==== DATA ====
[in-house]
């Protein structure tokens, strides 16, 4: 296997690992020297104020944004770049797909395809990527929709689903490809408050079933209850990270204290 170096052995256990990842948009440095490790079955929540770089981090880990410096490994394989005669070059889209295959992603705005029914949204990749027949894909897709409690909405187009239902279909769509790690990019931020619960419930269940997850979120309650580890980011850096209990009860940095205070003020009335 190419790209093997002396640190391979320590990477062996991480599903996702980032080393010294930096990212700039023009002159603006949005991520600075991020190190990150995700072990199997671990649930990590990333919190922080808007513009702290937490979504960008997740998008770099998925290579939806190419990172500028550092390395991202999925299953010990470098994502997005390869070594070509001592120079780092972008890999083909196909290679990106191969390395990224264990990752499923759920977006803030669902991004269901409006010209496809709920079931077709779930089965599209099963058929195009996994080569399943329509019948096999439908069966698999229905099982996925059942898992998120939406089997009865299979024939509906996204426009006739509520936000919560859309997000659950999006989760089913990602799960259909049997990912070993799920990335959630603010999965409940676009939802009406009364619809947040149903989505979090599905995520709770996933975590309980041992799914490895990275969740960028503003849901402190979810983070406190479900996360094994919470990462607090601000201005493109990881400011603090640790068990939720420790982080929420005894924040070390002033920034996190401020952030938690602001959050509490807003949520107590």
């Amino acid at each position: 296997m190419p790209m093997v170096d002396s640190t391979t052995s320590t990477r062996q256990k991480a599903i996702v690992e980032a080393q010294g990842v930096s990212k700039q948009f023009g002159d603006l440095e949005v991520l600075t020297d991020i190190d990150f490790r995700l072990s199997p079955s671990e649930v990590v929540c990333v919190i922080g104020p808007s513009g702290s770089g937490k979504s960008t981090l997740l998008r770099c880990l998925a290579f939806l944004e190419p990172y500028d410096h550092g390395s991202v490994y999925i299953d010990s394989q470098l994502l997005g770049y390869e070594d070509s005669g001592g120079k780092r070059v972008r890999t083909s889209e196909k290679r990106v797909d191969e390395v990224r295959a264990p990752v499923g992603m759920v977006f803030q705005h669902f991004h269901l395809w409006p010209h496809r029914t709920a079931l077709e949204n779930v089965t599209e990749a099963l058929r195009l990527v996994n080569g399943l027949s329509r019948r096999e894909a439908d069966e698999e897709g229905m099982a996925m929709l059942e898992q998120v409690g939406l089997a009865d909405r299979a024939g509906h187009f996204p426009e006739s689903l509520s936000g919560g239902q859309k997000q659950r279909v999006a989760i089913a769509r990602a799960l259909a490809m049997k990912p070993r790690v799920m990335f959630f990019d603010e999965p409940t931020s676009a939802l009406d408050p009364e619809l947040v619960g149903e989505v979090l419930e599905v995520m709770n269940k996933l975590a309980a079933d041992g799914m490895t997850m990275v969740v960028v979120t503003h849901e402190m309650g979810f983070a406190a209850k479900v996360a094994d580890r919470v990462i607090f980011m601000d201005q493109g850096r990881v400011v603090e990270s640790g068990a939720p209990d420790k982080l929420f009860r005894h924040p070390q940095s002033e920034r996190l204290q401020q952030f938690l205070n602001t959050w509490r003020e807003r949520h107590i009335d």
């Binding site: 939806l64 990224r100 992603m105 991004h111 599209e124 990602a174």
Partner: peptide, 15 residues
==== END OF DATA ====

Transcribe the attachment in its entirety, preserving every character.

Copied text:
[in-house]
């Protein structure tokens, strides 16, 4: 296997690992020297104020944004770049797909395809990527929709689903490809408050079933209850990270204290 170096052995256990990842948009440095490790079955929540770089981090880990410096490994394989005669070059889209295959992603705005029914949204990749027949894909897709409690909405187009239902279909769509790690990019931020619960419930269940997850979120309650580890980011850096209990009860940095205070003020009335 190419790209093997002396640190391979320590990477062996991480599903996702980032080393010294930096990212700039023009002159603006949005991520600075991020190190990150995700072990199997671990649930990590990333919190922080808007513009702290937490979504960008997740998008770099998925290579939806190419990172500028550092390395991202999925299953010990470098994502997005390869070594070509001592120079780092972008890999083909196909290679990106191969390395990224264990990752499923759920977006803030669902991004269901409006010209496809709920079931077709779930089965599209099963058929195009996994080569399943329509019948096999439908069966698999229905099982996925059942898992998120939406089997009865299979024939509906996204426009006739509520936000919560859309997000659950999006989760089913990602799960259909049997990912070993799920990335959630603010999965409940676009939802009406009364619809947040149903989505979090599905995520709770996933975590309980041992799914490895990275969740960028503003849901402190979810983070406190479900996360094994919470990462607090601000201005493109990881400011603090640790068990939720420790982080929420005894924040070390002033920034996190401020952030938690602001959050509490807003949520107590």
């Amino acid at each position: 296997m190419p790209m093997v170096d002396s640190t391979t052995s320590t990477r062996q256990k991480a599903i996702v690992e980032a080393q010294g990842v930096s990212k700039q948009f023009g002159d603006l440095e949005v991520l600075t020297d991020i190190d990150f490790r995700l072990s199997p079955s671990e649930v990590v929540c990333v919190i922080g104020p808007s513009g702290s770089g937490k979504s960008t981090l997740l998008r770099c880990l998925a290579f939806l944004e190419p990172y500028d410096h550092g390395s991202v490994y999925i299953d010990s394989q470098l994502l997005g770049y390869e070594d070509s005669g001592g120079k780092r070059v972008r890999t083909s889209e196909k290679r990106v797909d191969e390395v990224r295959a264990p990752v499923g992603m759920v977006f803030q705005h669902f991004h269901l395809w409006p010209h496809r029914t709920a079931l077709e949204n779930v089965t599209e990749a099963l058929r195009l990527v996994n080569g399943l027949s329509r019948r096999e894909a439908d069966e698999e897709g229905m099982a996925m929709l059942e898992q998120v409690g939406l089997a009865d909405r299979a024939g509906h187009f996204p426009e006739s689903l509520s936000g919560g239902q859309k997000q659950r279909v999006a989760i089913a769509r990602a799960l259909a490809m049997k990912p070993r790690v799920m990335f959630f990019d603010e999965p409940t931020s676009a939802l009406d408050p009364e619809l947040v619960g149903e989505v979090l419930e599905v995520m709770n269940k996933l975590a309980a079933d041992g799914m490895t997850m990275v969740v960028v979120t503003h849901e402190m309650g979810f983070a406190a209850k479900v996360a094994d580890r919470v990462i607090f980011m601000d201005q493109g850096r990881v400011v603090e990270s640790g068990a939720p209990d420790k982080l929420f009860r005894h924040p070390q940095s002033e920034r996190l204290q401020q952030f938690l205070n602001t959050w509490r003020e807003r949520h107590i009335d």
């Binding site: 939806l64 990224r100 992603m105 991004h111 599209e124 990602a174």
Partner: peptide, 15 residues